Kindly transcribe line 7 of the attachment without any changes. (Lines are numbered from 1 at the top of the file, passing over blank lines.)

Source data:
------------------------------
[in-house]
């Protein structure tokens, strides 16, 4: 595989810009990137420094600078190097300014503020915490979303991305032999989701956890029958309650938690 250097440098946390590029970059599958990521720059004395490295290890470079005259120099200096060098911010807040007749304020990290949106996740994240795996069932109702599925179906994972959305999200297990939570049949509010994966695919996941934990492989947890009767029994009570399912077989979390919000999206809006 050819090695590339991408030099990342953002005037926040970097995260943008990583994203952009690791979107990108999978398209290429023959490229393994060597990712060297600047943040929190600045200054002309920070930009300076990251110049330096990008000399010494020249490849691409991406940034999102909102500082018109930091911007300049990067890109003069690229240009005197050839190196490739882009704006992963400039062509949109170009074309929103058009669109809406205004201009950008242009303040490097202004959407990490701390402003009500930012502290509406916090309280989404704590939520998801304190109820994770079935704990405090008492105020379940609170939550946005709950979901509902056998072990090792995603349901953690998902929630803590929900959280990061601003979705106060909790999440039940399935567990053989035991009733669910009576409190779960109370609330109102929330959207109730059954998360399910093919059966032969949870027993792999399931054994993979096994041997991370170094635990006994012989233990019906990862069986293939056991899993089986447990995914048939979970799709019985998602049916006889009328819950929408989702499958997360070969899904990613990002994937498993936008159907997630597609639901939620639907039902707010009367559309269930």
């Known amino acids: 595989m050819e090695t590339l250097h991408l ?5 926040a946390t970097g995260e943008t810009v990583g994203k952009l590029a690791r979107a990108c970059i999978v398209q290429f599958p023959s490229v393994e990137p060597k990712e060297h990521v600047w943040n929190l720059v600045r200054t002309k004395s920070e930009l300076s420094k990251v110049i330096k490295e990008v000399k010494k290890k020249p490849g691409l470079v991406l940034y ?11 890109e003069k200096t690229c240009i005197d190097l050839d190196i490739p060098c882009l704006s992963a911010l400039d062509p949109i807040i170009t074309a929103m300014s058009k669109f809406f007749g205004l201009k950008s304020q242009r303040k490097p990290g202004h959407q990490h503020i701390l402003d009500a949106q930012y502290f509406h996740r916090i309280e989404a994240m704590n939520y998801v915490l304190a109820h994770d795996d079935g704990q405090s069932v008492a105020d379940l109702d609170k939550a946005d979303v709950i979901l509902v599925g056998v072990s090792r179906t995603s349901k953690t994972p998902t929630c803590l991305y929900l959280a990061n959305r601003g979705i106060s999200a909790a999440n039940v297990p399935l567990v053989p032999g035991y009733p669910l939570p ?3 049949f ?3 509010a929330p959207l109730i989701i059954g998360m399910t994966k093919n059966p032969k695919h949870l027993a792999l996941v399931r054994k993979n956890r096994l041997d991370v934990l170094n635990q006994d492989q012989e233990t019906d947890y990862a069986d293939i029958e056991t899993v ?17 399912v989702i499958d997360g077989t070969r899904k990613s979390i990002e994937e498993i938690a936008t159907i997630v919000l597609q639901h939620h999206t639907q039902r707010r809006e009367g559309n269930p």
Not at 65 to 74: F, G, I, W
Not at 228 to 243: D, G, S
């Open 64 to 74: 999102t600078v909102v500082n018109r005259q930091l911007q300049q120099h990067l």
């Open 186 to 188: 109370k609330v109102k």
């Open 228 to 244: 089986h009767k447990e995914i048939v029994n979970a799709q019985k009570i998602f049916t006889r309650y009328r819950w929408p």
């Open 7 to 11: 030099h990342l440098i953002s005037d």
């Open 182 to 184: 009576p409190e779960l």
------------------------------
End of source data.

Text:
């Open 186 to 188: 109370k609330v109102k």